Financial institutions doing business with marijuana companies have been operating under the close watch of regulators, as marijuana is considered an illegal substance under U.S. federal law. Earlier this year, Attorney General Jeff Sessions overturned policies that allowed states the final say on enforcement if they had systems in place for regulating the drug’s legal uses and sale.

Because paperwork for marijuana companies is so complex, money-laundering and other illegal activities is always a concern, and compliance costs are very high. For most banks, the high amount of regulation deters them from doing business with marijuana companies. However, if Democrats gain control of Congress in November, then banks that already do business with marijuana retailers could see some relief from strict regulations.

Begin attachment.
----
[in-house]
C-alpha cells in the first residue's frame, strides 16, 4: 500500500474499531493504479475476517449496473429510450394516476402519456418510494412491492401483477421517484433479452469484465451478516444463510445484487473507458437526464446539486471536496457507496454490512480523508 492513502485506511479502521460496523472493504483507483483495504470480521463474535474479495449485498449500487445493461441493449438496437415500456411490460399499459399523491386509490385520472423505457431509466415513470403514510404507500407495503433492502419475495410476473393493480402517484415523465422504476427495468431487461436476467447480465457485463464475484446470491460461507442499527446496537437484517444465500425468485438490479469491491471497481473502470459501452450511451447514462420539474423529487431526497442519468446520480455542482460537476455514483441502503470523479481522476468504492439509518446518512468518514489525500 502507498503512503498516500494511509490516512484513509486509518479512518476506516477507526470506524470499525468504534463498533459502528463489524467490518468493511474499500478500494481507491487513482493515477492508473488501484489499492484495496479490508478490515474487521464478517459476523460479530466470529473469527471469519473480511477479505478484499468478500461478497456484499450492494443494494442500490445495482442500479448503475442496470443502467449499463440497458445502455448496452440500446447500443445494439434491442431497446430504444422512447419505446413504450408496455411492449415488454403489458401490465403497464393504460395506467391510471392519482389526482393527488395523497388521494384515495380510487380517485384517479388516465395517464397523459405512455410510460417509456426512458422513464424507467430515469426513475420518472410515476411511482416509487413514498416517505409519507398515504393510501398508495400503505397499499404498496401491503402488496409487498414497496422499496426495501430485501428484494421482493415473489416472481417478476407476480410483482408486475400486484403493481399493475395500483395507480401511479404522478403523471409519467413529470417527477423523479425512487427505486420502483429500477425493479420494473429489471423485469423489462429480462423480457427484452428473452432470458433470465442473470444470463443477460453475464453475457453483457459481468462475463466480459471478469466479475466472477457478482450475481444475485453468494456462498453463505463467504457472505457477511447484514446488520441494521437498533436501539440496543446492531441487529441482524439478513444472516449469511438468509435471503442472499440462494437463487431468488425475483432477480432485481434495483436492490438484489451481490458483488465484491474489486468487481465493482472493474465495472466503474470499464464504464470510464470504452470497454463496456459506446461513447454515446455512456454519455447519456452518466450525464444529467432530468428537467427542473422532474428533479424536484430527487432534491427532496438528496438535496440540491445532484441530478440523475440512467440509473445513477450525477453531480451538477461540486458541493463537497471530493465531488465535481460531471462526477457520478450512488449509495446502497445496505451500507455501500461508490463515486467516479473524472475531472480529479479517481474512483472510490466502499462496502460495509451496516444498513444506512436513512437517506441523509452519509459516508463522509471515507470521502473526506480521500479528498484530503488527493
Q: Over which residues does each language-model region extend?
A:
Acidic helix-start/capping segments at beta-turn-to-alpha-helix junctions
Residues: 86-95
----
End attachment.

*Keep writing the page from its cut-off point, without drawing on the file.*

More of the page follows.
Ballard Spahr attorney Peter Hardy said, "The Treasury Department's Financial Crimes Enforcement Network is reviewing its own guidance for financial institutions that work with pot companies." Although processes haven't yet changed, Mr. Hardy added, "the jury is still out. We do know that the Justice Department hasn't aggressively gone after marijuana businesses complying with state laws."

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